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Browsing: Diary of John Quincy Adams, Volume 1


Docno: ADMS-03-01-02-0007-0013-0027

Author: Adams, John Quincy
Date: 1785-11-27

27th.

The forenoon discourse was upon Revelations, III. 15 and 16. I know thy works, that thou art neither cold nor hot; I would thou wert cold or hot. So then, because thou art luke-warm, and neither cold, nor hot, I will spue thee out of my mouth. A very good Sermon was delivered, to inculcate a proper Zeal for Religion, and to show, the evil Consequences, of a lukewarm disposition. In the afternoon the text was in James IV: 17th. Therefore to him that knoweth to do good, and doeth it not, to him it is sin. There is an Idea, which I cannot imagine to be a just one, in any Case, but which seems to possess every religious sect, more or less. It is not carried so far, in what is called the Protestant religion as in most others, but I cannot but wish, it was wholly erased from all. We are the chosen few, is repeated continually, and I believe equally unreasonably by all. I will freely own, that the divinity, has wisely thought fit to involve himself in an obscurity impenetrable to mortals. But it is in my mind, a settled maxim that every Idea, tending to excite a doubt, of the perfect benevolence, of the supreme being, is a false one, and from this I draw the Conclusion, that any human creature, who seeks the general welfare of the Society he belongs to, does all the good, and as little harm, as is possible, and adheres to what he has been taught from his Infancy to be his duty, can never be exposed to the resentment of a good and wise god, whatever the mode of his worship may be.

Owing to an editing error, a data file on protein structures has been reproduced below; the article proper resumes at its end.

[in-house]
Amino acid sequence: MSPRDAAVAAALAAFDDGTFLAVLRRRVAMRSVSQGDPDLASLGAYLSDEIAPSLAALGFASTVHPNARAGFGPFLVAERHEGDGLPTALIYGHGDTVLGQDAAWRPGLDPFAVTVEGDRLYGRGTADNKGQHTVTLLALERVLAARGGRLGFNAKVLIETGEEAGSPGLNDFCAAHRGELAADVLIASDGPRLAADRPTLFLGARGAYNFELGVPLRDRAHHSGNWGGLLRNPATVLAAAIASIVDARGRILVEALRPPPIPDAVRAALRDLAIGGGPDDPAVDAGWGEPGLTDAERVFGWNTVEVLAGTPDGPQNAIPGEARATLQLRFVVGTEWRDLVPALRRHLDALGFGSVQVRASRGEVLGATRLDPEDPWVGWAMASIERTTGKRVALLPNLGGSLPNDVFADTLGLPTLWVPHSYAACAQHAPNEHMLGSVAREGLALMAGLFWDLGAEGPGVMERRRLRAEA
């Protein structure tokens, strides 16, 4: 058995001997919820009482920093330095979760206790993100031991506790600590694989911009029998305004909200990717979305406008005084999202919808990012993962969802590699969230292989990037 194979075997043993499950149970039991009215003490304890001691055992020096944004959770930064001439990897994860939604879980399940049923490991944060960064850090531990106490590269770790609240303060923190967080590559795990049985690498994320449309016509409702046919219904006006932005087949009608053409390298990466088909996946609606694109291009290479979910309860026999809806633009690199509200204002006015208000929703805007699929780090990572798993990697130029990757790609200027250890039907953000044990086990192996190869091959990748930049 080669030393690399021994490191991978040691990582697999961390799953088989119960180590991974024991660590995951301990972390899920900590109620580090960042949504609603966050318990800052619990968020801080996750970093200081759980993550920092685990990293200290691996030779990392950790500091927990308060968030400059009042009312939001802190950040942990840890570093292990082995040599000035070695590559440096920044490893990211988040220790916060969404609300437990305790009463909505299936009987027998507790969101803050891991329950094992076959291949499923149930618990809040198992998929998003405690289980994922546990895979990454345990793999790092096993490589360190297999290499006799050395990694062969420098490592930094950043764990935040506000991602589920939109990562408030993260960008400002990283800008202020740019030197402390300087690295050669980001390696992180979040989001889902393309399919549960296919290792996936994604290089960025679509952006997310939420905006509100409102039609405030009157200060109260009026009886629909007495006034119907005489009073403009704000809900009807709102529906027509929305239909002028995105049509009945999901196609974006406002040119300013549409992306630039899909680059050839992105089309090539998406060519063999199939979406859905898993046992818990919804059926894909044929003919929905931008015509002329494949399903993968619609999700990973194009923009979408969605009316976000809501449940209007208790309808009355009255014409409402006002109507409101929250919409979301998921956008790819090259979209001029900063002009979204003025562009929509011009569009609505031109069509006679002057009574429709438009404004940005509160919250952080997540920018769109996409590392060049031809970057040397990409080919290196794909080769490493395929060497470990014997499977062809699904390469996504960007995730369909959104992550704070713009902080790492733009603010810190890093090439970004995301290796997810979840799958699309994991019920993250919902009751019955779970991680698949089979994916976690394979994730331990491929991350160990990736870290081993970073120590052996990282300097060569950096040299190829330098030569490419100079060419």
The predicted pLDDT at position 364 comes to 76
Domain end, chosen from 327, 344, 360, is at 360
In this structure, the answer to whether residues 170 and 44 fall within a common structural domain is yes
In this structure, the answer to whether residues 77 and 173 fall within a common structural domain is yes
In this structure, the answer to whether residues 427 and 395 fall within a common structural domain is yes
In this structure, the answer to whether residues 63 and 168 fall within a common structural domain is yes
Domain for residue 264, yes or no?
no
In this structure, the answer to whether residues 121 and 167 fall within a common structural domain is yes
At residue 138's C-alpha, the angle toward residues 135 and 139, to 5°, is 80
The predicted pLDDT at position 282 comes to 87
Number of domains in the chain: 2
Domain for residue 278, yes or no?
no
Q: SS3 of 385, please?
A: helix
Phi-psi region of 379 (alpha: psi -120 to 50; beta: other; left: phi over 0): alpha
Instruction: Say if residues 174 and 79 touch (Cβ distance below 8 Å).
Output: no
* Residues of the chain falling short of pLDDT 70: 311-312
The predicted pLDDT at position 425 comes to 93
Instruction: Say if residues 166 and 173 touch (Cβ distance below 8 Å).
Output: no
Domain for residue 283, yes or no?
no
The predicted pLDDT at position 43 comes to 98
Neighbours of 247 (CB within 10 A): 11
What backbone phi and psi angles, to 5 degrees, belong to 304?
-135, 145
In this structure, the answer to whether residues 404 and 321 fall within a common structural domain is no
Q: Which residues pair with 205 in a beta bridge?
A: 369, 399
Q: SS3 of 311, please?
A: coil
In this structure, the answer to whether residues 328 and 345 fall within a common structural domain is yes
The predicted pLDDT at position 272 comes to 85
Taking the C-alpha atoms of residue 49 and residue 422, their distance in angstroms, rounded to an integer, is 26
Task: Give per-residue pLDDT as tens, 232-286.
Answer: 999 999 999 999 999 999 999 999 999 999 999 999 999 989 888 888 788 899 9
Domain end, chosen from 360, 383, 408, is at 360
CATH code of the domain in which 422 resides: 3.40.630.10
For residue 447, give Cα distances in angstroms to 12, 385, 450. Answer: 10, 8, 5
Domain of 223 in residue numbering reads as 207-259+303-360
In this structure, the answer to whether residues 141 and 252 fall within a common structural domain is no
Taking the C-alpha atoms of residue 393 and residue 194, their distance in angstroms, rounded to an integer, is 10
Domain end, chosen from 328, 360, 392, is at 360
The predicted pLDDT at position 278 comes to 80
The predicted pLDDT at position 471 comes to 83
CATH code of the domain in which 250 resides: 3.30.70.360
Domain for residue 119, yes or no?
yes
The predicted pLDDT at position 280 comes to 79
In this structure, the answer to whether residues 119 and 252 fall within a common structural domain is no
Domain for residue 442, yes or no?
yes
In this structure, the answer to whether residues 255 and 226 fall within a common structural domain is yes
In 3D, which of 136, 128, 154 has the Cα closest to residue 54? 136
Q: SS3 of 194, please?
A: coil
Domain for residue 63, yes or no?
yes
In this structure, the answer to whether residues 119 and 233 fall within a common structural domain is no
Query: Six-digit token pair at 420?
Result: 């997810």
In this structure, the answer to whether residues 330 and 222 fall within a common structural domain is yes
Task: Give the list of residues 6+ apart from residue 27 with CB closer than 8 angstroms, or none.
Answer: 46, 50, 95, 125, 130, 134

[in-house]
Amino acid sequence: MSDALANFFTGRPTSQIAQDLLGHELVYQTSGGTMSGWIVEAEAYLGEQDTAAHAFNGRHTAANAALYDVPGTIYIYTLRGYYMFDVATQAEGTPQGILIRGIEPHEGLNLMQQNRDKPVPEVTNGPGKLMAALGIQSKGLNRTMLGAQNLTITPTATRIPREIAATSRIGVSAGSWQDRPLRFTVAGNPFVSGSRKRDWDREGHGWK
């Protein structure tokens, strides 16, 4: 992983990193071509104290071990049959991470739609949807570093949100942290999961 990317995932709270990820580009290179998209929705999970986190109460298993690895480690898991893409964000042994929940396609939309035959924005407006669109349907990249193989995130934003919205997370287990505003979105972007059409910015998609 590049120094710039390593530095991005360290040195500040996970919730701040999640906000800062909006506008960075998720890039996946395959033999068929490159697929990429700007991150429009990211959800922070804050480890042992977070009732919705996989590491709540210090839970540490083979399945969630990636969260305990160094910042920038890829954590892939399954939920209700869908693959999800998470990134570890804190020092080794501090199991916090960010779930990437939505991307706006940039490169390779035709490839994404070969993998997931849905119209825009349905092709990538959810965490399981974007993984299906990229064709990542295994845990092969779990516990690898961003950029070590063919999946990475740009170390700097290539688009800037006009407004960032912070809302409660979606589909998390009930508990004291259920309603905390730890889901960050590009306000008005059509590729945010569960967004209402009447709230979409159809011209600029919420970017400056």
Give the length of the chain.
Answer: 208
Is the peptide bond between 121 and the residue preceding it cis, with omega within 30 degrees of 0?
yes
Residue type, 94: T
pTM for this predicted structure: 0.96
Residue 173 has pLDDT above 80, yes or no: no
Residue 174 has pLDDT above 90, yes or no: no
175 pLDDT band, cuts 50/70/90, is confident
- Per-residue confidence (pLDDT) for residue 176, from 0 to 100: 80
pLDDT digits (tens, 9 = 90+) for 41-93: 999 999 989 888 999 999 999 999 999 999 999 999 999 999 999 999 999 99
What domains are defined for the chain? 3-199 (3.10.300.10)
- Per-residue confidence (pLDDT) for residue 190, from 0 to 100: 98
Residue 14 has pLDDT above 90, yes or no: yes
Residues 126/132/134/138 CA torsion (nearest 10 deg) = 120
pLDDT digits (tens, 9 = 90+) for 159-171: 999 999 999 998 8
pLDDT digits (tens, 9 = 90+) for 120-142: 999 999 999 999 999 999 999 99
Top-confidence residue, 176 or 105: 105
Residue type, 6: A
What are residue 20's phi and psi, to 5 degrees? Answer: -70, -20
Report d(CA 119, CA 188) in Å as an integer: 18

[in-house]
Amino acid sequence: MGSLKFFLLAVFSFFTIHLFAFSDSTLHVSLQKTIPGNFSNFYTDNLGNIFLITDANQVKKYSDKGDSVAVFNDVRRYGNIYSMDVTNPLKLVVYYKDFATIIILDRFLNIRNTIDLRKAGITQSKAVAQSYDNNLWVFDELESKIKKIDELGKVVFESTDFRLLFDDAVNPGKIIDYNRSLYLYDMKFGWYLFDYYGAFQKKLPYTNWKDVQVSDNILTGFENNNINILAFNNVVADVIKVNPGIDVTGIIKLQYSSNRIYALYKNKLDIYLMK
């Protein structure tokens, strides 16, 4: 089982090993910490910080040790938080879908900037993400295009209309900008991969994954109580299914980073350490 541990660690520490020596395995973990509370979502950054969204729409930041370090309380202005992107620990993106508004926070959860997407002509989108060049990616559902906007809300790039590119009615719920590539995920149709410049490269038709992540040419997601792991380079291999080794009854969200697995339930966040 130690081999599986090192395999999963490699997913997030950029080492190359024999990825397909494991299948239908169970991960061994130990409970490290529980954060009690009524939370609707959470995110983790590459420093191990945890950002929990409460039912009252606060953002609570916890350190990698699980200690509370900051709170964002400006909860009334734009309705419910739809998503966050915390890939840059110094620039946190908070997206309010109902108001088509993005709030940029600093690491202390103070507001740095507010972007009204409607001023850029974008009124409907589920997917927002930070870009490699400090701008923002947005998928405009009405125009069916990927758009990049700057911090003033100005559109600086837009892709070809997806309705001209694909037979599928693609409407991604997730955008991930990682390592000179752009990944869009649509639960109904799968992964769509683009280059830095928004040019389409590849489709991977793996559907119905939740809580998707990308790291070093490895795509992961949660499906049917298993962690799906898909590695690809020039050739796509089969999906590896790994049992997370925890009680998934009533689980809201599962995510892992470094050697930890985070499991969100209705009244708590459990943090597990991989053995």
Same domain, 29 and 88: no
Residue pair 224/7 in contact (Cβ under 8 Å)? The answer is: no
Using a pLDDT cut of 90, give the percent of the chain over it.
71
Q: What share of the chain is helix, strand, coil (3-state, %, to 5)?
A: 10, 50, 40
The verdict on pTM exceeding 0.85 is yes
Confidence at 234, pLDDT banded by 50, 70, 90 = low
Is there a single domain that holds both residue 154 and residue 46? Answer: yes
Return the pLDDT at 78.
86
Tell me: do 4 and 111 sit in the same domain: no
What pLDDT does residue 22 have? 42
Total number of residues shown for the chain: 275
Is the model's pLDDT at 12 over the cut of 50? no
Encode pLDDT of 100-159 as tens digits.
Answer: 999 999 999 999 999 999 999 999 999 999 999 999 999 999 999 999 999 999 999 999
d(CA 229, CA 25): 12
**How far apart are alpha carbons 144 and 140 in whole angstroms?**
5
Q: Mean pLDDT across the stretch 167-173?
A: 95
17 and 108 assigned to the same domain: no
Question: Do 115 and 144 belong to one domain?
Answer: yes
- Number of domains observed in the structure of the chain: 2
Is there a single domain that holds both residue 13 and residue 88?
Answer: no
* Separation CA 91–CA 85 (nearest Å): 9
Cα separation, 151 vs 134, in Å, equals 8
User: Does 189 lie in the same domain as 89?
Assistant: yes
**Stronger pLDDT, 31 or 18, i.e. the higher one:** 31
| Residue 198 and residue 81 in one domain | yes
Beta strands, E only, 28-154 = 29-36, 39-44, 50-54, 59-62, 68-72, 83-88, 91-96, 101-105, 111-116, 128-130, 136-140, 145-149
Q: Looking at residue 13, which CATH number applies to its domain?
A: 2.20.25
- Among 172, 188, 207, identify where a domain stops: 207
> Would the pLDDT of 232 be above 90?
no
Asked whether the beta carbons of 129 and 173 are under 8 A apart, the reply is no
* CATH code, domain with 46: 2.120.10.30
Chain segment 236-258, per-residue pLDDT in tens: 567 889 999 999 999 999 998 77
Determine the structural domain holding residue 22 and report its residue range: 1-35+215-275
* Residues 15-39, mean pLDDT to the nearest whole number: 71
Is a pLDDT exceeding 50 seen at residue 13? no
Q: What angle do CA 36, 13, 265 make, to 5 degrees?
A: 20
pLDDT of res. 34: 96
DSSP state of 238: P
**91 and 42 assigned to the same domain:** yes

Cite web page as: Founding Families: Digital Editions of the Papers of the Winthrops and the Adamses, ed.C. James Taylor. Boston: Massachusetts Historical Society, 2014.
http://www.masshist.org/apde2/